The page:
Under Fe-deficient conditions, a total of 3,799 probe sets (2,274 up and 1,525 down) significantly changed (P < 0.05, fold change > 2) in transcript abundance in roots (Fig. 2C) after false discovery rate correction. These genes were classified into three classes, according to their putative functions in Fe homeostasis: (1) Fe transport and mobilization (including DMA biosynthesis); (2) TFs; and (3) hormone-related and signal transduction proteins.

Genes involved in Fe acquisition and mobilization were greatly induced by Fe deficiency in roots. As rice plants take up both Fe3+-phytosiderophore iron and Fe2+ (Ishimaru et al., 2006), the genes involved in both strategy II- and strategy I-like pathways were significantly changing in abundance under Fe-deficient conditions. As shown in Table II, most of the strategy II genes encoding enzymes in the Met cycle, DMA biosynthesis, and Fe(III)-DMA transporter gene-OsYSL15 were up-regulated in both roots and shoots. Also, expression of S-adnosylmethionine synthetase gene (OsSAM2) and Rib 5-P isomerase family protein (OsRPI) was up-regulated; however, this was seen only in roots (Table II). Besides OsYSL15, the other YSL (for Yellow Stripe-Like) transporter, OsYSL2 (the nicotianamine-metal complex transporter), was also significantly induced under Fe-deficient conditions in both roots and shoots (Table II).

Table II.
Selected genes showing 2-fold change in transcript abundance in response to Fe starvation with P < 0.05 (the full data set for the selected genes is shown in Supplemental Table S1)

The Fe2+ transport genes OsIRT1 and OsIRT2 were increased in expression more than 190-fold in roots and 10- to 20-fold in shoots. One natural resistance-associated macrophage protein (NRAMP) family transporter gene, OsNRAMP1 (Belouchi et al., 1997), was also highly induced, 8.7- and 301.5-fold in roots and shoots, respectively, under Fe-deficient conditions. Arabidopsis NRAMP family members, such as AtNRAMP1, AtNRAMP3, and AtNRAMP4, have been shown to function in Fe transport (Curie et al., 2000; Thomine et al., 2003). The induction of expression of the rice OsNRAMP1 gene under Fe-deficient conditions indicates that this gene in rice is likely to have a similar function as its Arabidopsis homolog. A number of peptide transporters, including oligopeptide transporters, ATP-binding cassette (ABC) family transporters, and other peptide transporters, were also significantly induced under Fe-deficient conditions (Table I; Supplemental Table S2). Notably, the rice oligopeptide transporter OsOPT7 (LOC_Os03g54000) was increased 50- to 60-fold in both roots and shoots under Fe-deficient conditions (Table II). Interestingly, its Arabidopsis homolog, oligopeptide transporter (AtOPT3), was recently reported to be involved in Fe homeostasis (Stacey et al., 2008), which suggests a similar role for this gene in rice. Another oligopeptide transporter family gene, designated OsIROPT1 (LOC_Os01g65110), was induced greater than 1,000-fold under Fe-deficient conditions (Table II). This gene has not previously been associated with Fe uptake; however, its strong induction suggests that it could play a role in response to Fe deficiency. ABC family members have been reported to be involved in Fe transport across membranes (Briat et al., 2007). In this study, four putative ABC transporters were significantly induced by Fe deficiency (Table II). Several other peptide transporter genes were highly induced or suppressed by Fe deficiency, ranging from 15.7- to 73.1-fold increases and from 12.0- to 14.5-fold decreases in transcript abundance (Supplemental Table S2), suggesting function(s) in Fe homeostasis.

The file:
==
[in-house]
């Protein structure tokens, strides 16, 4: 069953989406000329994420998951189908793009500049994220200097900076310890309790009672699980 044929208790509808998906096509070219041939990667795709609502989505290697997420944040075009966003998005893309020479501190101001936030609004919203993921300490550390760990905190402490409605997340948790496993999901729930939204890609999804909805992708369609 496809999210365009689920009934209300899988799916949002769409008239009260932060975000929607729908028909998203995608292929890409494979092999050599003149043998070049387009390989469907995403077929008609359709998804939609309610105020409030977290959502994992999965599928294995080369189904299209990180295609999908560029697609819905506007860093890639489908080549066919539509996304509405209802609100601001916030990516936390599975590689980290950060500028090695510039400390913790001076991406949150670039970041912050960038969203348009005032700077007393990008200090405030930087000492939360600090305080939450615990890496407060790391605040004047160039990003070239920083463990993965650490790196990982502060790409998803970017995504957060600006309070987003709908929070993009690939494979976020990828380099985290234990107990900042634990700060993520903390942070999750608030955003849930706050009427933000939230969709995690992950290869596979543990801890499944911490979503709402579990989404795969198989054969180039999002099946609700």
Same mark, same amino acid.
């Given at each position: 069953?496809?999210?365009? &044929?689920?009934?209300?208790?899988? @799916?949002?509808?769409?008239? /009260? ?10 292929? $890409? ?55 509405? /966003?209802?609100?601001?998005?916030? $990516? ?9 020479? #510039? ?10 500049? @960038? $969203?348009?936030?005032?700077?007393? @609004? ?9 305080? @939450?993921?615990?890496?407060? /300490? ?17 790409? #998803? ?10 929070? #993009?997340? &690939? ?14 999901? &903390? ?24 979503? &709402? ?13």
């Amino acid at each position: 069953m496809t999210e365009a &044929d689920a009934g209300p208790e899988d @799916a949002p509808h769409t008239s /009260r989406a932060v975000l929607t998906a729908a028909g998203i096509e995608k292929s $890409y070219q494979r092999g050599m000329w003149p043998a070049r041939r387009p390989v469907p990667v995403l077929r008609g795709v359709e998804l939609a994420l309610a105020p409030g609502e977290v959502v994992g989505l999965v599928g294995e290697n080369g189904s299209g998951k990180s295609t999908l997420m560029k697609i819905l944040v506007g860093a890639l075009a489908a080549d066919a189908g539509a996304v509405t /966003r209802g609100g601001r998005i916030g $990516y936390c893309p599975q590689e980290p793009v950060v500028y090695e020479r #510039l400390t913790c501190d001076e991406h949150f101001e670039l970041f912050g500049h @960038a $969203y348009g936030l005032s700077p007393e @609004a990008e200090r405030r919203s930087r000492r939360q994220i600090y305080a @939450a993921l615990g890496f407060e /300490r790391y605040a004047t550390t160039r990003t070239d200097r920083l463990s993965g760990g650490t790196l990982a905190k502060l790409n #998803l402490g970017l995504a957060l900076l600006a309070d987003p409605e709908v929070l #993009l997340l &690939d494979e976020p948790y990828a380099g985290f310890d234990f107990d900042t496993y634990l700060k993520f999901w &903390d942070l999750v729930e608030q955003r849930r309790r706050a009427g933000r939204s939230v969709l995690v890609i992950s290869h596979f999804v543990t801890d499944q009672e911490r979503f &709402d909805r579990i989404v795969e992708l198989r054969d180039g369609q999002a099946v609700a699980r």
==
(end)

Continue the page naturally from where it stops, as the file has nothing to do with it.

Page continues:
Changes in expression of a number of TFs were also evaluated. A total of 216 and 160 TFs showed more than 2-fold increases or decreases in root under Fe-deficient conditions (Supplemental Table S3). From these, only 22 and 24 TFs were also induced and repressed, respectively, in shoots. Several TFs that were previously reported to associate with Fe deficiency were significantly changed in abundance under −Fe conditions (Ogo et al., 2007). These TFs include the bHLH family protein IRO2 (Os01g72370) and its downstream targets OsNAC4 (Os01g60020) and the ethylene-responsive element-binding protein AP2 (Os03g64260). Two Fe deficiency-induced bHLH TF family proteins, OsIRbHLH1 (Os12g32400) and OsIRbHLH2 (Os03g26210), one unknown nucleus-localizing protein, and OsIRNLP1 (Os12g18410) and OsNAC1 (Os02g36880; Cheng et al., 2007) were all significantly (P < 0.05) up-regulated by more than 2.5-fold in roots (Table II). Apart from IRO2, the functions of these TFs have not been defined. These potentially represent novel regulators of the Fe-deficiency response.